• Furthermore, some of the embodiments are described herein as a method or combination of elements of a method that can be implemented by a processor of a computer system or by other means of carrying out the function. Thus, a processor with the necessary instructions for carrying out such a method or element of a method forms a means for carrying out the method or element of a method. Furthermore, an element described herein of an apparatus embodiment is an example of a means for carrying out the function performed by the element for the purpose of carrying out the invention.
  • In the description provided herein, numerous specific details are set forth. However, it is understood that embodiments of the invention may be practiced without these specific details. In other instances, well-known methods, structures and techniques have not been shown in detail in order not to obscure an understanding of this description.
  • As used herein, unless otherwise specified the use of the ordinal adjectives “first”, “second”, “third”, etc., to describe a common object, merely indicate that different instances of like objects are being referred to, and are not intended to imply that the objects so described must be in a given sequence, either temporally, spatially, in ranking, or in any other manner.
  • In the claims below and the description herein, any one of the terms comprising, comprised of or which comprises is an open term that means including at least the elements/features that follow, but not excluding others. Thus, the term comprising, when used in the claims, should not be interpreted as being limitative to the means or elements or steps listed thereafter. For example, the scope of the expression a device comprising A and B should not be limited to devices consisting only of elements A and B. Any one of the terms including or which includes or that includes as used herein is also an open term that also means including at least the elements/features that follow the term, but not excluding others. Thus, including is synonymous with and means comprising.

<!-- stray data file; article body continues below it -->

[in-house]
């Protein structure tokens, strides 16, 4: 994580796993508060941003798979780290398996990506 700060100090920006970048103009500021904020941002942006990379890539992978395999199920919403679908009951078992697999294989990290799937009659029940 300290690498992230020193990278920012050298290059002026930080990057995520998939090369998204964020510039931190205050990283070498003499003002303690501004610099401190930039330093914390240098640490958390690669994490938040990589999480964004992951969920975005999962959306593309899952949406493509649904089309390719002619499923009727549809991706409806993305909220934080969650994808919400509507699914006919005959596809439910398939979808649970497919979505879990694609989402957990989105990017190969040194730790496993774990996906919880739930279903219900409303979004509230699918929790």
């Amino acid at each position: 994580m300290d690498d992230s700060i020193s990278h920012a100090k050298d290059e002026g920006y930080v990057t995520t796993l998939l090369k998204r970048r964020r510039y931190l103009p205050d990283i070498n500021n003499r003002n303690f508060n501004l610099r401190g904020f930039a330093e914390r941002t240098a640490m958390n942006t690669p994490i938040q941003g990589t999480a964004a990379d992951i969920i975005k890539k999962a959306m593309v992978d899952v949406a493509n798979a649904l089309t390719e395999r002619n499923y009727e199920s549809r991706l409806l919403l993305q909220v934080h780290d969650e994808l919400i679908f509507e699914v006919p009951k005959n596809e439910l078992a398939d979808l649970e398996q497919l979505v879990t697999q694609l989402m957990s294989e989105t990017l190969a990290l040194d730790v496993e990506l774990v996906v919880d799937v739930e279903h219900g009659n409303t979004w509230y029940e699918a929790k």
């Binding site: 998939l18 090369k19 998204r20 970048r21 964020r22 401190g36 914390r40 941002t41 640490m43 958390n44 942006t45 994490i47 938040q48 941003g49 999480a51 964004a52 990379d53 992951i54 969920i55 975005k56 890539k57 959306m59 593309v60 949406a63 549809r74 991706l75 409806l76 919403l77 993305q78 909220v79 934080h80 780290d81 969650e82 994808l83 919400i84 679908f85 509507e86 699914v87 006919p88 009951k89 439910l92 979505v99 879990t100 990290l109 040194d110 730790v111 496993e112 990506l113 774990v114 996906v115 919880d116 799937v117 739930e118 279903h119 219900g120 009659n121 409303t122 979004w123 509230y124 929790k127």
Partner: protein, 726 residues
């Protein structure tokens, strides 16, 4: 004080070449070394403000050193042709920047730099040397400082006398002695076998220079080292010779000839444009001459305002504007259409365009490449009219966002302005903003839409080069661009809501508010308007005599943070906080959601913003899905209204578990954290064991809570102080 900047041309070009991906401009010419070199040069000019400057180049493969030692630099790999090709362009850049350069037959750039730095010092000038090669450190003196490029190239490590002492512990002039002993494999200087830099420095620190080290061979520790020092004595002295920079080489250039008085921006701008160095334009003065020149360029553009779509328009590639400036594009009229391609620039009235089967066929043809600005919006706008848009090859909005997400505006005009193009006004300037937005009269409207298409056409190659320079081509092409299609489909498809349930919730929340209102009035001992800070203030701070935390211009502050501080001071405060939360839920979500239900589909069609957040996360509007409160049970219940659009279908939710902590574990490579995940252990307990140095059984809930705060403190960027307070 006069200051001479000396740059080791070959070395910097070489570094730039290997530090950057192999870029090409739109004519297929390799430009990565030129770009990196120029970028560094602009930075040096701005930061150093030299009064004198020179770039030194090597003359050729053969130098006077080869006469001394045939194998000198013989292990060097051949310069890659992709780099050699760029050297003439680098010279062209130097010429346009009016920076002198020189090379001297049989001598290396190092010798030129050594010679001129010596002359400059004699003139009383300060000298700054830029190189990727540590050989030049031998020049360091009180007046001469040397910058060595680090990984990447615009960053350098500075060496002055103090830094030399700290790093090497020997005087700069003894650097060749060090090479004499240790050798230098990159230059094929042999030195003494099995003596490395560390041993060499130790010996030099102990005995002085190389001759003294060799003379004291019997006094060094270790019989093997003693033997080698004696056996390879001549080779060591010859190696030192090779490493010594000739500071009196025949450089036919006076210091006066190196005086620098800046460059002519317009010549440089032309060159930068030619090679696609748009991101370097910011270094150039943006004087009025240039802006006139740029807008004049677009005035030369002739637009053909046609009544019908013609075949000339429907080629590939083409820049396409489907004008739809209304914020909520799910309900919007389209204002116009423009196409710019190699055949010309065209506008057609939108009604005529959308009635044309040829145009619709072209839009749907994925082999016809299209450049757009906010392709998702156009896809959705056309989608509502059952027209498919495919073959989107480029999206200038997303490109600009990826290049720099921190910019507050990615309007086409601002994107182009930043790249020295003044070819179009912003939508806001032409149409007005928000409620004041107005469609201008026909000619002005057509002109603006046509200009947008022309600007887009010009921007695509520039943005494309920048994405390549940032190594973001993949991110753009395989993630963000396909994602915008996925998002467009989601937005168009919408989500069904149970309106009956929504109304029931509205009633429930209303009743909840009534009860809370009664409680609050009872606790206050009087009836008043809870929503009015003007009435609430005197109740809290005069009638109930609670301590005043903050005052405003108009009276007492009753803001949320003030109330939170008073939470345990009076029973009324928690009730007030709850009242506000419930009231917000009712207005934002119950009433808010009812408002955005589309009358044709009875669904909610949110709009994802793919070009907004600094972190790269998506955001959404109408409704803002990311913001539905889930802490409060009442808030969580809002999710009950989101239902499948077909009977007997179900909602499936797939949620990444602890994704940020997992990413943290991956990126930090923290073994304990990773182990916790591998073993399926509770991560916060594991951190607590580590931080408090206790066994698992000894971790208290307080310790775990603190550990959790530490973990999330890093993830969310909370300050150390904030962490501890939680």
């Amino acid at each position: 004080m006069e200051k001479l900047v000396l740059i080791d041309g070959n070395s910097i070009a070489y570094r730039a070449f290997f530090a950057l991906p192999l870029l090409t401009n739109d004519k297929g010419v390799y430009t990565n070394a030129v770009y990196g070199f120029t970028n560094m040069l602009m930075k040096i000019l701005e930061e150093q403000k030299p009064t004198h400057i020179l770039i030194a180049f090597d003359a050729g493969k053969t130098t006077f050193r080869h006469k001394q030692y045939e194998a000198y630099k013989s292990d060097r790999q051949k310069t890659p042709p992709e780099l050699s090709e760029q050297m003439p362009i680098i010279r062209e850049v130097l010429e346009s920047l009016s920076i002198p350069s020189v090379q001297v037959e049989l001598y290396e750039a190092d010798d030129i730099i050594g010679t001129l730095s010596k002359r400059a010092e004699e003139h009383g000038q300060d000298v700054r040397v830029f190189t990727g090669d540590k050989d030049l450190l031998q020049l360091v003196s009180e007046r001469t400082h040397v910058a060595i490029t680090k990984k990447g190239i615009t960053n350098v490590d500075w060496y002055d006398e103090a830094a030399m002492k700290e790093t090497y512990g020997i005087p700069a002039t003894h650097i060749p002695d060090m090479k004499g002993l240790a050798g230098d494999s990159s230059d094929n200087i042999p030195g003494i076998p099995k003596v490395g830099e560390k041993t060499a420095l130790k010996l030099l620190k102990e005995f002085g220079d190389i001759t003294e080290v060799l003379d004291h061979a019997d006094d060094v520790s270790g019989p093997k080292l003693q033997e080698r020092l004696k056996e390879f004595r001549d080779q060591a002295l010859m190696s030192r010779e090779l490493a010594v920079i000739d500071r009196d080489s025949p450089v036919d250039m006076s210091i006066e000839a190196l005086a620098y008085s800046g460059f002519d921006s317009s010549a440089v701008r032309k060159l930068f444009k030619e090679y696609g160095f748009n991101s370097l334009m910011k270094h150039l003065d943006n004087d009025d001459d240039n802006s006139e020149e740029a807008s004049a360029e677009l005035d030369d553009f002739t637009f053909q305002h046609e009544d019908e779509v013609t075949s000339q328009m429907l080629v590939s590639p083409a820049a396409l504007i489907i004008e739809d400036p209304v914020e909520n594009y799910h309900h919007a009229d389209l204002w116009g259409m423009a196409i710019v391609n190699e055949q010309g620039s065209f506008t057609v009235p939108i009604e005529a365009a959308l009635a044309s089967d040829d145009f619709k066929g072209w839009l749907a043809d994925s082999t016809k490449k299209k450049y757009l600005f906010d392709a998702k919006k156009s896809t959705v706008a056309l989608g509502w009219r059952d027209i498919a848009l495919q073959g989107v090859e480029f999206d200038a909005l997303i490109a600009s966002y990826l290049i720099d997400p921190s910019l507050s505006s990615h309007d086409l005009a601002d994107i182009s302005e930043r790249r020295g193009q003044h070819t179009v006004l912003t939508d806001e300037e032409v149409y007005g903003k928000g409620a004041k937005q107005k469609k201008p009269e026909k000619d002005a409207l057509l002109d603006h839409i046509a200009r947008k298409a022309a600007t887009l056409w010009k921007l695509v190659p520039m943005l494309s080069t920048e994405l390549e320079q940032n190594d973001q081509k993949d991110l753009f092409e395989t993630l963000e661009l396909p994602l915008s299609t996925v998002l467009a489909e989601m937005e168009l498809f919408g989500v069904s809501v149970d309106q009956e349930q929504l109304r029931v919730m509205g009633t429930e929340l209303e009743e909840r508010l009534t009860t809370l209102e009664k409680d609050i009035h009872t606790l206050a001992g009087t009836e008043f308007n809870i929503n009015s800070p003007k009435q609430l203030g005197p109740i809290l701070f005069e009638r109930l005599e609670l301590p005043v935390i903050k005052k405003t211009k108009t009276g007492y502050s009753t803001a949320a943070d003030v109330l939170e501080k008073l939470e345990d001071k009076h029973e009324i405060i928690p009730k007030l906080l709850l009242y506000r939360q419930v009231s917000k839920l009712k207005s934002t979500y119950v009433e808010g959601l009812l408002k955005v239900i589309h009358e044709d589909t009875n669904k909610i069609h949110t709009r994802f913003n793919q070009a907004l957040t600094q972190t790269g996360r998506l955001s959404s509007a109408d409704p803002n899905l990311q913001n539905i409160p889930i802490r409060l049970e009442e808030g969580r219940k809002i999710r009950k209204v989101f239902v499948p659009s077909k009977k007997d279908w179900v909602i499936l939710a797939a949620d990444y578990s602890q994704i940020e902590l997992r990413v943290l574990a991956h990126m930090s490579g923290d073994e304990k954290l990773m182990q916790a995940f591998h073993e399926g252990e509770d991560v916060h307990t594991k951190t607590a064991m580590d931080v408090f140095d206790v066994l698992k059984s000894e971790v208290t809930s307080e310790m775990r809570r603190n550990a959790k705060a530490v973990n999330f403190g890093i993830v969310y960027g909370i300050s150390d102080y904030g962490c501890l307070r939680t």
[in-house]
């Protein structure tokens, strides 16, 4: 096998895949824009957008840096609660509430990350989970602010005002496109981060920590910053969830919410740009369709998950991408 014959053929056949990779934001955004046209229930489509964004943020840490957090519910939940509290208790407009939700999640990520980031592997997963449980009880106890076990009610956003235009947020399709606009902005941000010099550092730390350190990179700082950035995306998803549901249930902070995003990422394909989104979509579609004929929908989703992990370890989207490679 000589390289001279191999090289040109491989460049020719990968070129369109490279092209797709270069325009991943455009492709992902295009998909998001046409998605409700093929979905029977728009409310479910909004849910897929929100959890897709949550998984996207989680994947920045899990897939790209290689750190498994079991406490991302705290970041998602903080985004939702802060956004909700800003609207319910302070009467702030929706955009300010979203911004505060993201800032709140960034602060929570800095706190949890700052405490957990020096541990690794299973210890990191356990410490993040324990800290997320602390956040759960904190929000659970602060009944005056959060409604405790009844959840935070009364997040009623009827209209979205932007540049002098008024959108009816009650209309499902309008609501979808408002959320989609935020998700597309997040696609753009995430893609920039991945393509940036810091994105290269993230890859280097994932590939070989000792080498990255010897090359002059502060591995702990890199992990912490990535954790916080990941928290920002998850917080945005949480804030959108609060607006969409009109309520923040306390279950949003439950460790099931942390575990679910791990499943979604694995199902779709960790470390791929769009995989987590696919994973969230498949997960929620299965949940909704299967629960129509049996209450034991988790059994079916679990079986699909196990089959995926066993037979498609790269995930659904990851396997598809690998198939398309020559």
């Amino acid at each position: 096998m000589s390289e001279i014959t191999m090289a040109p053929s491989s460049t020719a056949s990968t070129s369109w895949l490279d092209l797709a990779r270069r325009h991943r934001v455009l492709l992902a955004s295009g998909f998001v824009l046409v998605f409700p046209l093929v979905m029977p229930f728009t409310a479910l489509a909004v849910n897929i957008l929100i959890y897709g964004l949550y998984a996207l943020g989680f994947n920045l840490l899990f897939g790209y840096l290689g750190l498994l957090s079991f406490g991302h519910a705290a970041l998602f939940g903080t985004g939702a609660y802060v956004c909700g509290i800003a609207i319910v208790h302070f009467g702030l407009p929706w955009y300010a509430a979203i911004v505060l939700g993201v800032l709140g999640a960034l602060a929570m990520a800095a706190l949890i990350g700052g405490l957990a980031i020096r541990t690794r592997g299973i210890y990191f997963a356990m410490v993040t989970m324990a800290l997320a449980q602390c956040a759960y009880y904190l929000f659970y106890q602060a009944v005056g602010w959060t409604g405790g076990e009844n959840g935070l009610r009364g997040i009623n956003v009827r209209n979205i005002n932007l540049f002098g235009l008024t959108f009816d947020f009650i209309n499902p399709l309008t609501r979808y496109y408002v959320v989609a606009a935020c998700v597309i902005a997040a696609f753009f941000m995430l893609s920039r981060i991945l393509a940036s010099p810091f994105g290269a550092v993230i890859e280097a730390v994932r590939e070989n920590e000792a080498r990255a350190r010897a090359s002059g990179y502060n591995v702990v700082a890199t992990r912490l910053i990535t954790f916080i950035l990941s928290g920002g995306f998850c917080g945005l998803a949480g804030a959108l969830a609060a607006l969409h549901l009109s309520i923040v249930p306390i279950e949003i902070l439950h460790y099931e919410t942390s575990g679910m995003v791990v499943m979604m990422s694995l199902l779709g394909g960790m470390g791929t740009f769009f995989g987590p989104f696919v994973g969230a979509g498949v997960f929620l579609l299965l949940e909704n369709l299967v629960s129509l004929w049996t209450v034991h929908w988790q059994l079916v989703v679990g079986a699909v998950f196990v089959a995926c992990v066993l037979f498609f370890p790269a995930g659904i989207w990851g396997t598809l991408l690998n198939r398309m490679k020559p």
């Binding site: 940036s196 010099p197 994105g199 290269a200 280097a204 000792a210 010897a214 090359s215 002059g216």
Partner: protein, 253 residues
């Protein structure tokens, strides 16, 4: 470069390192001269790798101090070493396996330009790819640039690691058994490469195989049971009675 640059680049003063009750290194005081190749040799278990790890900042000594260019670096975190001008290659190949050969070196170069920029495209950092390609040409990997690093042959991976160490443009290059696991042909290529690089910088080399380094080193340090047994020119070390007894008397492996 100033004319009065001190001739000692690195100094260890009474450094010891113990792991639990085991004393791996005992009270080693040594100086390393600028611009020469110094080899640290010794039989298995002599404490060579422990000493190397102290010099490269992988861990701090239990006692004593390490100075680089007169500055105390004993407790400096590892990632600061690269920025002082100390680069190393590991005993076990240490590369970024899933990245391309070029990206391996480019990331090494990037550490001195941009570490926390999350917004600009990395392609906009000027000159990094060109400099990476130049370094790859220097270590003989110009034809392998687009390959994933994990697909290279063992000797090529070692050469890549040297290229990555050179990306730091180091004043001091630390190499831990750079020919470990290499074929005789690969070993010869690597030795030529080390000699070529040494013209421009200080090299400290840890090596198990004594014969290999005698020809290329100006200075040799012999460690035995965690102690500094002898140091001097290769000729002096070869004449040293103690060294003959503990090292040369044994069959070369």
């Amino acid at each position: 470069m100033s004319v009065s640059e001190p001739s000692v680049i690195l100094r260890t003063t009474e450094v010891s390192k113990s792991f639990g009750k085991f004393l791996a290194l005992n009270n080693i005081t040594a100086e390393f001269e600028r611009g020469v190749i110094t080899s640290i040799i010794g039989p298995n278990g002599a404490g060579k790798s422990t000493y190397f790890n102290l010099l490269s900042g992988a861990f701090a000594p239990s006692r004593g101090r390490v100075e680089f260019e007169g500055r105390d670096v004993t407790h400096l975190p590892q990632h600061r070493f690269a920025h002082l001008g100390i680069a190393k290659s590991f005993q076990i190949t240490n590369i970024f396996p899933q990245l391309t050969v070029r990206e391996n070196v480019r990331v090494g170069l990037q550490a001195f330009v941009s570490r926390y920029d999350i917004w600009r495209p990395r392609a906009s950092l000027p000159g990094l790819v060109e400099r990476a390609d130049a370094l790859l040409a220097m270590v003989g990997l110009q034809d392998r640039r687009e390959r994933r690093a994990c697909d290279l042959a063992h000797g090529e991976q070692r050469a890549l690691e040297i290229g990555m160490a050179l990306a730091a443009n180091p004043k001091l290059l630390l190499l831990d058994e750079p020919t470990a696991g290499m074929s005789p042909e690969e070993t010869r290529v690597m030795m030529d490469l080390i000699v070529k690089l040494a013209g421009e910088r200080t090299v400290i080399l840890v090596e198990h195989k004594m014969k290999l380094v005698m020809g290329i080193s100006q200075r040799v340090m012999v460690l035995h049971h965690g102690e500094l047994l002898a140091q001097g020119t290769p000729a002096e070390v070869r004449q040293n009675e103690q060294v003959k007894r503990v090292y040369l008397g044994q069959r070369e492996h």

• Similarly, it is to be noticed that the term coupled, when used in the claims, should not be interpreted as being limitative to direct connections only. The terms “coupled” and “connected,” along with their derivatives, may be used. It should be understood that these terms are not intended as synonyms for each other. Thus, the scope of the expression a device A coupled to a device B should not be limited to devices or systems wherein an output of device A is directly connected to an input of device B. It means that there exists a path between an output of A and an input of B which may be a path including other devices or means. “Coupled” may mean that two or more elements are either in direct physical or electrical contact, or that two or more elements are not in direct contact with each other but yet still co-operate or interact with each other.
  • Although the invention has been described with reference to specific examples it will be appreciated by those skilled in the art that the invention may be embodied in many other forms.

Claims (12)

1. A method of calibrating the eye gaze direction of a user, the method comprising the steps of:
(a) monitoring a user's eye gaze direction whilst carrying out a series of known tasks, each of said tasks having an expected subject gaze direction;